I just finished working on two papers, which have now been published, one in the Journal of Instrumentation, and the other in Physics Letters B. You can see them here (http://arxiv.org/abs/1110.6191 and http://arxiv.org/abs/1109.2242). By the way, some of the posts I am linking to are from two to three years ago, so the wording may be dated, but the explanations are still correct.

When an experiment first turns on this process is longer than when it has been running for a while, since it takes time to understand how the detector is behaving. It also depends on the complexity of the analysis one is doing. To be familiar with some of the terms I mention below, you should take the online tour of the ATLAS experiment at http://atlas.ch/etours_exper/index.html; slides 7 and 8 will give you an overview of how different particle species are detected and what the various sub-systems look like. For more details you should go take the whole tour; it is meant for non-scientists.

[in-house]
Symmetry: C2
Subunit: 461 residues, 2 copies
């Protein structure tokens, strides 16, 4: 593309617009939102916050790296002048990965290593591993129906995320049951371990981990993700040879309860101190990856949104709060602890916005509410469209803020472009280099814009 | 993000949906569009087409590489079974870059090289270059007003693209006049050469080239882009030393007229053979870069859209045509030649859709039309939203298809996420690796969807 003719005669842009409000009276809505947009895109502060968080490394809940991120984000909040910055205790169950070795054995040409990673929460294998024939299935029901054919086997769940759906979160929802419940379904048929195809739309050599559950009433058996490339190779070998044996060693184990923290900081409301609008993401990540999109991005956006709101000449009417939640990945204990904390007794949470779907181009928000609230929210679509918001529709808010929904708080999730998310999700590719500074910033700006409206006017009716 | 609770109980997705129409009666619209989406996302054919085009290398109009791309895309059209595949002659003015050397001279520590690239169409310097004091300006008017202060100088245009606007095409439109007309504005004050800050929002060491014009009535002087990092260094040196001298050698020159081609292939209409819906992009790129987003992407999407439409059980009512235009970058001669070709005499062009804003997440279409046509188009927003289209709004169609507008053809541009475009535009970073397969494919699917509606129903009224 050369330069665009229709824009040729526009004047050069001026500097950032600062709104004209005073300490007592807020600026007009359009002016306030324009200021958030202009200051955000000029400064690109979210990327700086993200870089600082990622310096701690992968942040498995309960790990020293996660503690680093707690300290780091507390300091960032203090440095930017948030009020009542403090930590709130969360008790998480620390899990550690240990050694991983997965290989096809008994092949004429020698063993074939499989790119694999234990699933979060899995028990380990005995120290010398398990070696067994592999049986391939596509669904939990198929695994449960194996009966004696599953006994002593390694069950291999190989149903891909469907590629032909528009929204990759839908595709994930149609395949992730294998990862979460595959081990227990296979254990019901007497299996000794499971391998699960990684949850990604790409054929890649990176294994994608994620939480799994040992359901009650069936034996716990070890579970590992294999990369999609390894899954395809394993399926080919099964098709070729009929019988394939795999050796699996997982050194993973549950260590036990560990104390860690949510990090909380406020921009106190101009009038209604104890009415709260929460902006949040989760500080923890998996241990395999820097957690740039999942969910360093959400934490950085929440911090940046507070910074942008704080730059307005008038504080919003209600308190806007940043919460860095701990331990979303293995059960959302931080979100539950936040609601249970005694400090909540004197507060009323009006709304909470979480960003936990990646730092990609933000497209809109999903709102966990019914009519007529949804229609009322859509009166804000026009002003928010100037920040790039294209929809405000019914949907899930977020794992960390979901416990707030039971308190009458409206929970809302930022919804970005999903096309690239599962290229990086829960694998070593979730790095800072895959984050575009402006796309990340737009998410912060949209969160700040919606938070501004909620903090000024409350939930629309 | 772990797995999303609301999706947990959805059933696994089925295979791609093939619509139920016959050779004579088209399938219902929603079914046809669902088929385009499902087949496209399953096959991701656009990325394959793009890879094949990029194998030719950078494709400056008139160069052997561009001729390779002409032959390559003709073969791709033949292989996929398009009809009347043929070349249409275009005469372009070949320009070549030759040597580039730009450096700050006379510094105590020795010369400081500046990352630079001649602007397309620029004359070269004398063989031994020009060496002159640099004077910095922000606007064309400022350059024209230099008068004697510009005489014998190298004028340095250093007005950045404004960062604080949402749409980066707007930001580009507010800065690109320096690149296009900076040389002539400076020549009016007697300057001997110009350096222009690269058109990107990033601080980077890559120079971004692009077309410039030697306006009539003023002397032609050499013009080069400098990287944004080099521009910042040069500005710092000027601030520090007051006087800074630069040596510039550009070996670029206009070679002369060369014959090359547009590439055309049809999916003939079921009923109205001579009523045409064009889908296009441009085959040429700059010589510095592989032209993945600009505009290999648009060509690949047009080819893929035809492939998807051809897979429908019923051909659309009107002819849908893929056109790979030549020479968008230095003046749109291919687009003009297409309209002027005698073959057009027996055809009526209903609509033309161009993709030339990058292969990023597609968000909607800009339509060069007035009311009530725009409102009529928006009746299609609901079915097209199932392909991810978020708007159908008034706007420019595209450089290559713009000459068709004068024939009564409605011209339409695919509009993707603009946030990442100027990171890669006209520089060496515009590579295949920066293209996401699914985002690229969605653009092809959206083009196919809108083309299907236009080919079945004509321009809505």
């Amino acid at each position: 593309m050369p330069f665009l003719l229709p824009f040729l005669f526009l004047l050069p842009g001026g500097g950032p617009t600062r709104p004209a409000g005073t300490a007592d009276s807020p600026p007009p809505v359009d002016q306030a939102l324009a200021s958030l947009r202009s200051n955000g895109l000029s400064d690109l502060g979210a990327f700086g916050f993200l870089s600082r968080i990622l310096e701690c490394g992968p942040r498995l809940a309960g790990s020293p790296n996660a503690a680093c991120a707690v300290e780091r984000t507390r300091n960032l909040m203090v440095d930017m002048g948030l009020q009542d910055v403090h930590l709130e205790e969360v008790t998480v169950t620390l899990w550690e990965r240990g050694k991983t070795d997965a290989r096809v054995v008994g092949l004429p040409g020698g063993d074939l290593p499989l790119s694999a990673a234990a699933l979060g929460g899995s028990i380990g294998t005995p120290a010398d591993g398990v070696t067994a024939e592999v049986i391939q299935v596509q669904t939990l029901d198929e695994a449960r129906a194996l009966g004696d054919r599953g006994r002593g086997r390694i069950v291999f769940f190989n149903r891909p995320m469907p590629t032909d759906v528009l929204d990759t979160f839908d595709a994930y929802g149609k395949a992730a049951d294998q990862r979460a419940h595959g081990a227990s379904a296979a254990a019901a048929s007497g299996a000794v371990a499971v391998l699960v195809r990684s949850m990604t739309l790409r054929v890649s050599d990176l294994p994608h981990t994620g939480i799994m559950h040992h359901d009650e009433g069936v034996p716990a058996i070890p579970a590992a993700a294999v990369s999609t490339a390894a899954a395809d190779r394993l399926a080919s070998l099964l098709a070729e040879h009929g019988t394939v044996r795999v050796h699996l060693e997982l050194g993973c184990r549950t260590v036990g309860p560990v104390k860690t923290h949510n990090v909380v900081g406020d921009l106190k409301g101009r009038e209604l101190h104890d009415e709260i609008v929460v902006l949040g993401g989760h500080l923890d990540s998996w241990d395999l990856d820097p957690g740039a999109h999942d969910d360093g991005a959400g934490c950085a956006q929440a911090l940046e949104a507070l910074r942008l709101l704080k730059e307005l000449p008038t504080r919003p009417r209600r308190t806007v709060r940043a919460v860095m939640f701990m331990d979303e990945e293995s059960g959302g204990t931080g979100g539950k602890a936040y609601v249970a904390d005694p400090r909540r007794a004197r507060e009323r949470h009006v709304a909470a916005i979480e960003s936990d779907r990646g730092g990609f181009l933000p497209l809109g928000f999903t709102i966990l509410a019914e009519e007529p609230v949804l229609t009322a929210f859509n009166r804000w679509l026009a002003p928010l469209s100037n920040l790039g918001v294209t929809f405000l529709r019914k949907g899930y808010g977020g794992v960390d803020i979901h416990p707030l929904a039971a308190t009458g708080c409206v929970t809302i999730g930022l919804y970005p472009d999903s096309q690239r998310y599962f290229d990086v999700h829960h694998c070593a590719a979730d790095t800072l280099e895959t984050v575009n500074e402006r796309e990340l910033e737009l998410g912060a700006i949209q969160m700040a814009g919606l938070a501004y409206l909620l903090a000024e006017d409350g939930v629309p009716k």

For each event, data recorded by ATLAS is basically a stream of bytes indicating whether a particular sensor was hit in the tracking detectors or the amount of energy deposited in the calorimeter or the location of a hit in the muon system, etc. Each event is then processed through the reconstruction software. This figure gives you an idea of how different particle species leave a signal in ATLAS.

ATLAS Detector Particle Identification

Signals left behind by different particle species

For instance, the part of the software that deals with the tracking detectors will find hits that could be due to a charged particle like a pion or a muon or an electron; in a typical event there may be 100 or more such particles, mostly pions. By looking at the curvature of the trajectory of a particle as it bends in the magnetic field, we determine its momentum (see Seth Zenz’s post on tracking – http://blogs.uslhc.us/?p=481). Similarly, the software dealing with the calorimeter will look at the energy deposits and try to identify clusters that could be due to a single electron or to a spray of particles (referred to as a “jet”), and so on. I believe the ATLAS reconstruction software runs to more than 1 million lines of code! It is very modular, with different parts written by different physicists (graduate students, post-docs, more senior people, etc.).